Can you tell us a bit about the process of applying for a grant for this book? B Arriving in London, Hayleigh finds work as lap dancer 'Layla'. Like Hayleigh herself, we as readers are thrown right in at the deep end with this narrative: there is no preamble; the story begins in medias res, right in the middle of the action at the club. Loneliness is perhaps the quality which colours most of her experience in London, which I'm sure even the most hardened Londoner can relate to. It is a book group cliche to say you like or care about the characters in a novel, but I grew to love Layla. Unusually, the book is written in the second person. If you want to you may also try some other popular Internet browsers like , , or. Nina de la Mer is a Scottish novelist now based in Brighton, England.
She is essentially trying to save enough money to resurrect the broken relationship with her young child. Definitely worth a read though - does what it says on the tin. Layla could easily have become a stereotypical morality tale of dodgy strip clubs, Cockney wide boys, and the corrupting world of adult entertainment, but with a deft touch, and canny use of a differing perspective, it rises above the cliche and gives us a heroine you genuinely root for. Layla is the story of a young girl Hayleigh who is estranged from her family in Peacehaven and who has moved to London where she has somehow ended up as a lap dancer. It tells of seven days in the life of a reluctant lap dancer who dreams of a quieter life with her baby son.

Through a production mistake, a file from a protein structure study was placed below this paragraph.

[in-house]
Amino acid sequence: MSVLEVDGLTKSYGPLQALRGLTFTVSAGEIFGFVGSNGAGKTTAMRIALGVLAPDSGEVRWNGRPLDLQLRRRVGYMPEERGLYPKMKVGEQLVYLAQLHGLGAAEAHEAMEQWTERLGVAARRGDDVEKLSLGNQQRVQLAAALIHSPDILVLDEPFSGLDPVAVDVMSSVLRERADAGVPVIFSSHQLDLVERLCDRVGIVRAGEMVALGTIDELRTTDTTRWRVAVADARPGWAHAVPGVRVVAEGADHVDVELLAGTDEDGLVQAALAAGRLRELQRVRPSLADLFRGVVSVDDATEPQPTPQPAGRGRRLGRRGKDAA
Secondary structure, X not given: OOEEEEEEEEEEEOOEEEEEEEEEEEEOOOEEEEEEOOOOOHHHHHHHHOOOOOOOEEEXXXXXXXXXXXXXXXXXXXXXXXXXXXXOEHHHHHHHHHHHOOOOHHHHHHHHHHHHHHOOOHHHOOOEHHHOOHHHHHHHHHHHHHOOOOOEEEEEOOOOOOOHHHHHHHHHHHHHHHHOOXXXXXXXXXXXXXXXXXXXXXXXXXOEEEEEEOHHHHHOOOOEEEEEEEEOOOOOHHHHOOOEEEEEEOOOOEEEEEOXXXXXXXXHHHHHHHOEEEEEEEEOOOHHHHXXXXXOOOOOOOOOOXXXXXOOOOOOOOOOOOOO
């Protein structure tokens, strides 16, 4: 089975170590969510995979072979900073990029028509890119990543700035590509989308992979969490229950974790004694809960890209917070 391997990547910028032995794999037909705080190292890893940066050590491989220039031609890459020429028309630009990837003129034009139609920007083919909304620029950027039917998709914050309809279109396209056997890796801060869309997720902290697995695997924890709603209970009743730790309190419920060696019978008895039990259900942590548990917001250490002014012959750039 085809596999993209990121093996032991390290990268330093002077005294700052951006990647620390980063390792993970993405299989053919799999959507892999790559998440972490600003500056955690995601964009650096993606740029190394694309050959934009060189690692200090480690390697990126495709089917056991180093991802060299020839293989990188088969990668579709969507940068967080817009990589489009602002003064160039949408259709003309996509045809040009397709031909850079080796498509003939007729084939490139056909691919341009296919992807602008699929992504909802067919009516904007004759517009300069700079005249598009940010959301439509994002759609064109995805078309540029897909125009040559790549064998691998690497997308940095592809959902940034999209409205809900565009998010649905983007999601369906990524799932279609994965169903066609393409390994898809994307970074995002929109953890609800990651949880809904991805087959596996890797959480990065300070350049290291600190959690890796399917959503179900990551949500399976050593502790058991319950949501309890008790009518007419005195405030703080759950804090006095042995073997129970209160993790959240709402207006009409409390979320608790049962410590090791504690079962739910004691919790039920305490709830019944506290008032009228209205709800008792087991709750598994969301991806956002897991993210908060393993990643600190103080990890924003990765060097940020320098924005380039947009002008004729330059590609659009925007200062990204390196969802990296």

Such suspense is a joy, when, as it does in Layla, it leaves readers able to imagine the outcome or alternatives outcomes for themselves. The blurb sold me and I rented the book in a split-second decision. I didn't rate the book higher because although I enjoyed it, I don't think for me it was life-changing and probably won't stick with me in great detail. So, it was with relish that I embarked on Layla. Now you recognise what it was. I think fiction and especially this book because of its narrative voice is more likely to be persuasive in this respect than an organisation dictating the hard facts.